Fellow or Postdoc
Xiaole Yin, Zheng Sun, Shanlin Ke, Shaikh Danish Mahmood, Gila Sasson, Demsina Babazadeh, Macie Andrews, Shelley Hurwitz, Maia Paul, Nadine Javier, Malav Dave, Alexandra Austin, Dan Pratt, Christopher Bowlus, Linda Gray, Francene Steinberg, Elaine Souza, Yang-Yu Liu, Joshua Korzenik
Joshua Korzenik and Yang-Yu Liu
Background: Primary sclerosing cholangitis (PSC) is a chronic liver disease often associated with inflammatory bowel disease (IBD). Dietary impact on PSC progression remains underexplored.
Methods: A longitudinal study was conducted on 20 PSC patients, randomly assigned to an 8-week Low Protein Diet (LPD, n=10) or Specific Carbohydrate Diet (SCD, n=10). Stool samples underwent whole metagenomic sequencing and untargeted metabolomics.
Results: Among participants, 10 had ulcerative colitis (UC), 3 had Crohn’s disease (CD) and 7 had only PSC. Significant correlations emerged between LPD and reduced disease progression, with decreased Alkaline Phosphatase (ALP) values compared to baseline. 1428 detected metabolites were analyzed using linear multivariable models to identify responsible key metabolite features, revealing 27 elevated and 9 decreasing metabolites linked to IBD, but unreported in PSC before. Moreover, enrichment analysis highlighted ammonia recycling and methionine metabolism as key pathways influenced by LPD. A stratified analysis further found LPD to be especially beneficial for PSC patients with UC, aligning with the clinical response. Longitudinal observation illustrated a clear reduction in sulfur and nitrogen-related metabolites under LPD.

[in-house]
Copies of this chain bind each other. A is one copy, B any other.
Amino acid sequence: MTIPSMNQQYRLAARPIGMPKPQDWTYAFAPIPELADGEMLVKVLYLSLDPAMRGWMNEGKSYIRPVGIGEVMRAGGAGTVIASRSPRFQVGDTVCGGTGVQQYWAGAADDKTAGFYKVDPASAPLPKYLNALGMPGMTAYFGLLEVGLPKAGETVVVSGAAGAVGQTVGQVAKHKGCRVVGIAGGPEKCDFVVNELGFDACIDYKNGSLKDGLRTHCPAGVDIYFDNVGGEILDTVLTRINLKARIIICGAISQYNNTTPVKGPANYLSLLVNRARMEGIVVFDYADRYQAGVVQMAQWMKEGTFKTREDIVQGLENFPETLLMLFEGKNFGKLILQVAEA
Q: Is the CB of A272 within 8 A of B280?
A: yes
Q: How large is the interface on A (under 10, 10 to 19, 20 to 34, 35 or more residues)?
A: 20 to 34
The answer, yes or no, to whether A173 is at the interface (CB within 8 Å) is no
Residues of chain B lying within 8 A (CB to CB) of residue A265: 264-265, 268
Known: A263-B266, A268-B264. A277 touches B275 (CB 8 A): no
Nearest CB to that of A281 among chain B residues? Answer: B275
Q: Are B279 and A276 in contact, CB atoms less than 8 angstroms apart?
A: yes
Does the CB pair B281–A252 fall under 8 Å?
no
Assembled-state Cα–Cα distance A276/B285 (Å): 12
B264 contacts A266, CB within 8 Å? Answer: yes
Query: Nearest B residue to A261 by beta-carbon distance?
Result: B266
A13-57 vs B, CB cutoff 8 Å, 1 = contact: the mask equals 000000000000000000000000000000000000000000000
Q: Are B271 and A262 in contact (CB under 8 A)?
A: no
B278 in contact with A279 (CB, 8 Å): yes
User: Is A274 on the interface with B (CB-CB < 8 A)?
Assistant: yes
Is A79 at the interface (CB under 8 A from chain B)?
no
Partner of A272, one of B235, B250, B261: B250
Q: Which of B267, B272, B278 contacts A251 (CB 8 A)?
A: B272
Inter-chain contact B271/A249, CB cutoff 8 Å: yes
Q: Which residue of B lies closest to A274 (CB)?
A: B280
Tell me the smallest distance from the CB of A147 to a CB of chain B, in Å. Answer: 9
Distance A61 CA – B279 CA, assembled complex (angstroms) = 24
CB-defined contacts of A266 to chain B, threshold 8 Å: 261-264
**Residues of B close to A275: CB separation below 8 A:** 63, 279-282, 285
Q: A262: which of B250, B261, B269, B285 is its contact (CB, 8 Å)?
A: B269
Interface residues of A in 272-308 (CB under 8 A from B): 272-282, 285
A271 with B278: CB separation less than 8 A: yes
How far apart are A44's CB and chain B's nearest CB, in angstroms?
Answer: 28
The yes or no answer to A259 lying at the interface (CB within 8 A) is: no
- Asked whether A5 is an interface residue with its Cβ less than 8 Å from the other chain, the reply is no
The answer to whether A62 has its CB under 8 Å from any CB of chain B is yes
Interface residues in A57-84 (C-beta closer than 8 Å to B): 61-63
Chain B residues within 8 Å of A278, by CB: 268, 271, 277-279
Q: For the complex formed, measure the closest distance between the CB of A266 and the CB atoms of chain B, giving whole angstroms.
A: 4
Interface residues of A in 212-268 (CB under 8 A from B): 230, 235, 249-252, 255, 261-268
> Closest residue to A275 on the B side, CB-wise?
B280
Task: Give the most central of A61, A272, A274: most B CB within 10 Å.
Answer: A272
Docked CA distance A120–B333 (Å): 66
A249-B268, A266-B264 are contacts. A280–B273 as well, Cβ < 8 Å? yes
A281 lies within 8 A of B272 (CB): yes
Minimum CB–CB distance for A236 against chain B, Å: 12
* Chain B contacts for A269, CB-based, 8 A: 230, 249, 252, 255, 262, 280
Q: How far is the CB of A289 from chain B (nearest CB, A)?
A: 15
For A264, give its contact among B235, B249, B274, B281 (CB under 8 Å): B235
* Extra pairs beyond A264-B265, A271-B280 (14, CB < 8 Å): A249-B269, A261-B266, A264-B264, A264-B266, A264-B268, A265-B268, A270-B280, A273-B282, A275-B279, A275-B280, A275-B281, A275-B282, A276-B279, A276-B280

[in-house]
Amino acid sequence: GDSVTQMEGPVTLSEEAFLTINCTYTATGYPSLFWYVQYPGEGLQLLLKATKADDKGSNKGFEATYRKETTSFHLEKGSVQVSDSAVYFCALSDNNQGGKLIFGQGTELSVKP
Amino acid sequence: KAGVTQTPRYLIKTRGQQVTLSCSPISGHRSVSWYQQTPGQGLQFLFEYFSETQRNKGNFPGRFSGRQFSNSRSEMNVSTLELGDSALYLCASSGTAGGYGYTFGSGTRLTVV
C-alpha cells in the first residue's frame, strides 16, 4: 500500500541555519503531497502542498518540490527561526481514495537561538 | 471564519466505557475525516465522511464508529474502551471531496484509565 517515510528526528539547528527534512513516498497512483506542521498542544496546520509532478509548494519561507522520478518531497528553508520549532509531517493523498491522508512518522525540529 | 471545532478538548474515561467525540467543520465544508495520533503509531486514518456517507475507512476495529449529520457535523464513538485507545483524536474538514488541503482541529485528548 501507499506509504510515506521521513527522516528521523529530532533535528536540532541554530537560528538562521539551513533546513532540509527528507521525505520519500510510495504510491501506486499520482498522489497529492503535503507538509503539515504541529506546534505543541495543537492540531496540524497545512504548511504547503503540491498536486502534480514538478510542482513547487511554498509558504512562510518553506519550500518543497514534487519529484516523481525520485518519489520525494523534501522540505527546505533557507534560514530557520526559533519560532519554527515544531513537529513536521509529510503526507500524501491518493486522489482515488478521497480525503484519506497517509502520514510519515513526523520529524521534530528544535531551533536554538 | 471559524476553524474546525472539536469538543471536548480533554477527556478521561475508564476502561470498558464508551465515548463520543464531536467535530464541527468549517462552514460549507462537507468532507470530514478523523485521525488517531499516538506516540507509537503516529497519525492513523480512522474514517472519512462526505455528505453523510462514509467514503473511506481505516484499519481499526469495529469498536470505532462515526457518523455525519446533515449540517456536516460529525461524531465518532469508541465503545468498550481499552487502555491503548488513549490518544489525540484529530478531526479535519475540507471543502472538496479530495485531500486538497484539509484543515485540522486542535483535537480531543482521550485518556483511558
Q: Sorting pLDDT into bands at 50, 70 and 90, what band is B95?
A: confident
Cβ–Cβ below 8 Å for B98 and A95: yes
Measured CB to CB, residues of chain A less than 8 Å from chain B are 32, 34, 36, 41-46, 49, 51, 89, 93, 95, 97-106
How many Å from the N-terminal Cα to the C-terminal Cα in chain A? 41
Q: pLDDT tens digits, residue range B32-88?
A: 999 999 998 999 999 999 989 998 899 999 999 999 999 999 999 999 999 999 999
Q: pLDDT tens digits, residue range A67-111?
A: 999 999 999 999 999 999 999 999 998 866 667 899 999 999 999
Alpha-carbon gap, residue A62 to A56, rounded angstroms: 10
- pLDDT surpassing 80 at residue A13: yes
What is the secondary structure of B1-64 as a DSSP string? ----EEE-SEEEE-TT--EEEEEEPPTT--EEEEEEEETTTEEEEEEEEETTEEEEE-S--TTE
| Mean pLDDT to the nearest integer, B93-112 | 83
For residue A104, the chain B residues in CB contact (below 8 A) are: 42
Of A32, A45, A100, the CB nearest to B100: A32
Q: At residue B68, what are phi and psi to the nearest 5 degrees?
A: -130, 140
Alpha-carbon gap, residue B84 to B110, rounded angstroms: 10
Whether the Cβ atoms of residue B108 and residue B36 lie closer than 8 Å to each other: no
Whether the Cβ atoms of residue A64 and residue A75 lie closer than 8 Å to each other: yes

Conclusion: LPD can significantly influence disease progression in PSC patients. The unique metabolite pathways in response to dietary modifications were revealed. Further research is warranted.
Background: Primary sclerosing cholangitis (PSC) is a liver condition that sometimes goes hand-in-hand with a gut problem called inflammatory bowel disease (IBD). We wanted to see if diet changes could help manage this liver disease.
What We Did: We worked with 20 people who have PSC. Half of them were put on a low-protein diet (LPD) and the other half on a specific carbohydrate diet (SCD) for 8 weeks. We then checked the bacteria and other substances in their poop.
What We Found: Out of the 20 people, 10 had ulcerative colitis (a type of IBD), 3 had Crohn’s disease (another type), and 7 just had the liver condition. The low-protein diet seemed to help, as we noticed improvements in the liver health marker. We also identified some changes in the poop substances that connect to the gut problems. In particular, the low-protein diet was very helpful for those with ulcerative colitis. The substances we found in the poop of people on this diet were less harmful.
Conclusion: A low-protein diet might help people with PSC, especially those who also have ulcerative colitis. We’ve learned more about how diet changes the body’s internal environment, but more studies are needed.